Manufacturing facilities strive to keep operations running smoothly and effectively at all times. This is true for all types of plants, whether they manufacture industrial products or foods and beverages. While many factors contribute to achieving this goal, one simple way to help reach this objective is to perform regular equipment maintenance. Most plants use a variety of different types of pumps. Maintaining and replacing pump seals on a regular basis helps to ensure that systems continue to function efficiently.
Replacing standard pump components, such as seals, O-rings, and other rubber parts, can often lead to frustration because the slip resistant nature of rubber makes it difficult to install, cut, remove or manipulate. Parts may roll or tear. Repair and installation can take considerable physical effort and time. In addition, improper part alignment or installation can lead to part failure and safety issues.
Pumps play an extremely important role in food and beverage manufacturing. They are used for fermentation, separation, evaporation, homogenization, filtration, processing and dosing. Mechanical seals are frequently used to help ensure that no contaminants enter the processing system.
Mechanical seals help to minimize leaks, avoid flow irregularities and maintain product integrity. They can help prevent the transfer of ingredients from one product to the next, and prevent formation of deposits inside the pump that can develop into mold or bacteria, causing contamination.
Food processing plants have added concerns that must be considered. Food and beverage manufacturing is a highly regulated industry. Therefore, all parts and processes must comply with federal regulations and industry standards. Mechanical seals need to be made of food grade materials, and all lubricants used for seal maintenance must also be approved for incidental food contact applications.
Properly functioning pumps help plant managers in food and beverage manufacturing plants address the following concerns and challenges:
• Safe and hygienic processing
• Quality standards
• Product integrity
• Regulatory compliance
• Risks of contaminants entering the system
• Avoidance of trace ingredients and impurities during manufacturing
Just like in industrial settings, pumps used in the food industry should be well maintained to avoid costly repairs and minimize downtime. Maintenance procedures must meet strict FDA and USDA requirements.
Using the proper assembly lubricant can turn a difficult chore into an easy task. Many jobs can benefit from the reduced friction and increased safety provided by an assembly lubricant. They are the perfect solution for pump and seal repairs and have been used for years by plant managers to maintain equipment and replace parts such as mechanical seals, O-rings, hoses, grommets, and plugs.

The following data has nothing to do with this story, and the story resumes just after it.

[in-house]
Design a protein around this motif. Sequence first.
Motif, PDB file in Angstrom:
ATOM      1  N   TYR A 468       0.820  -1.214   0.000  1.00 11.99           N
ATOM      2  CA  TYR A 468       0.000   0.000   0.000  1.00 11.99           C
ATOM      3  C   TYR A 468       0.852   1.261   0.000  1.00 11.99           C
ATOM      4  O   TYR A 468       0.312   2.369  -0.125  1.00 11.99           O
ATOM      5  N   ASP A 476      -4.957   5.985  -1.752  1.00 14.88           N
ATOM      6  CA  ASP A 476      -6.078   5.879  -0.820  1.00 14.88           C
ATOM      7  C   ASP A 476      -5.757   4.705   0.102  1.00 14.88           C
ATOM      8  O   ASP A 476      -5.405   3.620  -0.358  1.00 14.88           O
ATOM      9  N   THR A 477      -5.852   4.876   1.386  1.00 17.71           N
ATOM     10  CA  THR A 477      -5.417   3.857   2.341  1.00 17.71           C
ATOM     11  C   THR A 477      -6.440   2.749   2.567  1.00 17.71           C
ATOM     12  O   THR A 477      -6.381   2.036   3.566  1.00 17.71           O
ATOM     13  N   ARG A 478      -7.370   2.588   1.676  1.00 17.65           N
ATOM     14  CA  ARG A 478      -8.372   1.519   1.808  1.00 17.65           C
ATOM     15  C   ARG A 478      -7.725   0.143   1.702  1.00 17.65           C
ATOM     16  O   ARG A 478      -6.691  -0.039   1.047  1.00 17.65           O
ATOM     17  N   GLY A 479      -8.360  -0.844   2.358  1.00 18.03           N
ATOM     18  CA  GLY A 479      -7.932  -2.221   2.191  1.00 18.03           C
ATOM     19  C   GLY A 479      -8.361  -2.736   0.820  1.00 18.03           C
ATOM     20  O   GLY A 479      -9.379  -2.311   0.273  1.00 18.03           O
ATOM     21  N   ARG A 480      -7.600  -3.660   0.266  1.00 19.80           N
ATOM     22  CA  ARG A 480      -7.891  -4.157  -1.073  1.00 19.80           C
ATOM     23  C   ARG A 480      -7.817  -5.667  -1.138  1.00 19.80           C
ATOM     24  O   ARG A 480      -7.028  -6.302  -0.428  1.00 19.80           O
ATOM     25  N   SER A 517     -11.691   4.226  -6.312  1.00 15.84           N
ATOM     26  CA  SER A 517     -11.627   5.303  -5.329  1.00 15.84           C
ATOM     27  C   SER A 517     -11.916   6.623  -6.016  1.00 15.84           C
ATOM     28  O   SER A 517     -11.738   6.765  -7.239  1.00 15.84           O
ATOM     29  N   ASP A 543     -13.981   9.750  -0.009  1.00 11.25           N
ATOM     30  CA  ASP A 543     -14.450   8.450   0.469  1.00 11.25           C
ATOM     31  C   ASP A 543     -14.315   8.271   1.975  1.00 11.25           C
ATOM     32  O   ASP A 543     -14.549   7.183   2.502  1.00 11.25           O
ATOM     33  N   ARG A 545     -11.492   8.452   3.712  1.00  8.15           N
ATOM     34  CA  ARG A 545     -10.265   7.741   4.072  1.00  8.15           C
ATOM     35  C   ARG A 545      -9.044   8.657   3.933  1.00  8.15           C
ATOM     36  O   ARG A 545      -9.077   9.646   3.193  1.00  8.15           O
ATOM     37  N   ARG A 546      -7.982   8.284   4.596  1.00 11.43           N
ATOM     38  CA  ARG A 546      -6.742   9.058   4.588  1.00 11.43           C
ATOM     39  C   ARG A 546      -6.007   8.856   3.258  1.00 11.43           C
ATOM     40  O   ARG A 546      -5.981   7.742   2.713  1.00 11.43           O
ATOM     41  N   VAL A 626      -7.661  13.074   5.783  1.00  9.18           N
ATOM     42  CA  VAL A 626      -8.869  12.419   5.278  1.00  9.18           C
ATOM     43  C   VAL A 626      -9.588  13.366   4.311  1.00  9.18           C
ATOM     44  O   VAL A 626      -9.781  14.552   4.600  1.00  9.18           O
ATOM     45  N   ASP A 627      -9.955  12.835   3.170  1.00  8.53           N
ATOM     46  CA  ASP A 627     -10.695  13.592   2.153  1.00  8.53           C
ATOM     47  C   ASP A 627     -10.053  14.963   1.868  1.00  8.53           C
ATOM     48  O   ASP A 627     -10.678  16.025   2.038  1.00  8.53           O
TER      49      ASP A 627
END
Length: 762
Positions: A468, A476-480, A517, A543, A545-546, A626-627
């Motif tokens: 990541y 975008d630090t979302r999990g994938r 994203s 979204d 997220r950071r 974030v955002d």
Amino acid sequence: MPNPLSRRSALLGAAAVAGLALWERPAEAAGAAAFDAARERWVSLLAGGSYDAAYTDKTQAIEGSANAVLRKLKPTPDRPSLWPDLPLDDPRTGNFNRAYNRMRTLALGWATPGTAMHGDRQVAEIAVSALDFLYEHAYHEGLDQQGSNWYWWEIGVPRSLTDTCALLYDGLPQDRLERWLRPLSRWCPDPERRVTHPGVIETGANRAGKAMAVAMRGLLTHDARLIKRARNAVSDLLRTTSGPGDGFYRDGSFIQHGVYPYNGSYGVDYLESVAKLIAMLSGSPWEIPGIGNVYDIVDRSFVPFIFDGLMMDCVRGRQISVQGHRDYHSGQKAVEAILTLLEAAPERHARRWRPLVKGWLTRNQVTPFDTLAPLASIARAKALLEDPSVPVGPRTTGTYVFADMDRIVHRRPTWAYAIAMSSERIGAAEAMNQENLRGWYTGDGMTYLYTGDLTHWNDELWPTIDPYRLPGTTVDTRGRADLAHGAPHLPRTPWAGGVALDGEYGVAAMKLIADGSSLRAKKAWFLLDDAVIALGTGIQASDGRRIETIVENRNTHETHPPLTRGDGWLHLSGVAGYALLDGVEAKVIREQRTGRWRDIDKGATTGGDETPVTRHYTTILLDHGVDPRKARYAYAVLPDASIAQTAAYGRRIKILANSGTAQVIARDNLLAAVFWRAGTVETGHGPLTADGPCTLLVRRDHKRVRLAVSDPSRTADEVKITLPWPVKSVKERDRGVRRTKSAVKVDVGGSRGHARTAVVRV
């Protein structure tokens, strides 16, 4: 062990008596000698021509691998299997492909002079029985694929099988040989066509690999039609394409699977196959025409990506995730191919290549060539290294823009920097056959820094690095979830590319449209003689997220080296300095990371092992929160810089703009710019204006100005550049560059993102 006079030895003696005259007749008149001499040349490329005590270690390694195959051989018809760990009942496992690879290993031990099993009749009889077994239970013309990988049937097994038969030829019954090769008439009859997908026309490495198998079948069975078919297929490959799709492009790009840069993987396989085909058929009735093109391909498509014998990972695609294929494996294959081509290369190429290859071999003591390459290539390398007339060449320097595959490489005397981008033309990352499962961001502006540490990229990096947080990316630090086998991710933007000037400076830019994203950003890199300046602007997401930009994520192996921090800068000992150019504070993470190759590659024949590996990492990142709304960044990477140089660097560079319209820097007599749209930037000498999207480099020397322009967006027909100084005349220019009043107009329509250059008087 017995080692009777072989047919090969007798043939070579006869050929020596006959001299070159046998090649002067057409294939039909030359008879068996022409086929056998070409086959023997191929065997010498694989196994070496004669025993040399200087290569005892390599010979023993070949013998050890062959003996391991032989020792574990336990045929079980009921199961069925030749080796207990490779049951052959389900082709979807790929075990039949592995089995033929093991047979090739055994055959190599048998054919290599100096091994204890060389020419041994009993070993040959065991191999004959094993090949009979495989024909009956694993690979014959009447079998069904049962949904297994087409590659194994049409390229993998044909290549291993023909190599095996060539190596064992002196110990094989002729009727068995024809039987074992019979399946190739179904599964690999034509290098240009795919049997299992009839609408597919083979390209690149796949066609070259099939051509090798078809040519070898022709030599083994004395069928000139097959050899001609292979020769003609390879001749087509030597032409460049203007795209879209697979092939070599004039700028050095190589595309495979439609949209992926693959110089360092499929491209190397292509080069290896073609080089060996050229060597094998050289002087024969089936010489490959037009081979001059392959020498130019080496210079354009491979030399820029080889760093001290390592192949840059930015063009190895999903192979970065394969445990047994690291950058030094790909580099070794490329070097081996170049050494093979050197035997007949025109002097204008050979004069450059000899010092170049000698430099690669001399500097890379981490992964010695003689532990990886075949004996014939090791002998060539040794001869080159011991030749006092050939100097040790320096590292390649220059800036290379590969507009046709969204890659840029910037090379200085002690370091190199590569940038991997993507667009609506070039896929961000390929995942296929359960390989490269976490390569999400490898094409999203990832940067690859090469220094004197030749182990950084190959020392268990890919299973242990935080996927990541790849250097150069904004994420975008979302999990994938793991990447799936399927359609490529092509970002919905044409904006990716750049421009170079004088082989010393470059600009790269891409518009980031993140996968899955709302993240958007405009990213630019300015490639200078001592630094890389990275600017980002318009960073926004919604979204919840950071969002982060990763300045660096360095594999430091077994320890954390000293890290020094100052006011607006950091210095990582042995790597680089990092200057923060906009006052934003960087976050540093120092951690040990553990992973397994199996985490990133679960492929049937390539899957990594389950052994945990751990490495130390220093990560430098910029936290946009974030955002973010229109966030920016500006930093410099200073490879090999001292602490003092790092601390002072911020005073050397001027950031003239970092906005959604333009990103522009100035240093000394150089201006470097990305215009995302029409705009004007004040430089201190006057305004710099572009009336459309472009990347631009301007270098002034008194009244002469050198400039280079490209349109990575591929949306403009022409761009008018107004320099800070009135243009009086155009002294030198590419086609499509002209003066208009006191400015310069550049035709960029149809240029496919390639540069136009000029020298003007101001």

Temporary rubber assembly lubricants can:
Reduce Installation Force: A thin film of lubricant allows rubber surfaces to slide across each other. By reducing the surface tension between two surfaces, lubricants help rubber parts slide easily into place. Once dry the lubrication is gone, resulting in a tight fitting assembly. Achieve Closer Fits: Engineers can design lower tolerance parts. The force needed to install the parts when a lubricant is used is greatly reduced. Since the lubrication is only temporary, once dry, the parts stay in place resulting in a tight fit. Improve Product Performance: Improper part alignment can lead to part failure and safety issues. Using a rubber assembly lubricant, which enables the parts to slide easily into place, can solve these problems by reducing or eliminating damage to parts. Increase Production Rates: Applying an assembly lubricant to the rubber part makes the rubber slippery, so parts can easily slide into place. After the lubricant dries, the lubricity goes away and mated parts maintain a tight fit. The assembly process becomes more productive. Help to Avoid Worker Injuries: Lubricants reduce the insertion force needed for rubber assembly. Workers can more easily push parts into place, reducing the amount of musculoskeletal, slippage, and repetitive stress related injuries that can be caused by using too much force to insert a rubber part.
There are many types of lubricants available, so how does a plant manager choose the right one for the job? It’s important to consider the performance and safety of each to make the right choice.
Types of lubricants:
Solvents offer poor lubrication (as compared to other choices). More importantly, these substances may be flammable and pose various safety risks. They may also dry out the rubber parts. Soaps and Detergents offer nominal lubricity but can reactivate later on when wet, causing parts to move when they need to remain stationary. Petroleum Distillates are often not compatible with rubber parts causing them to swell. The lubrication is not temporary. Specially Formulated Ester Based Products offer temporary lubrication providing excellent reduction in friction. These lubricants are safe for the environment, the parts and the workers.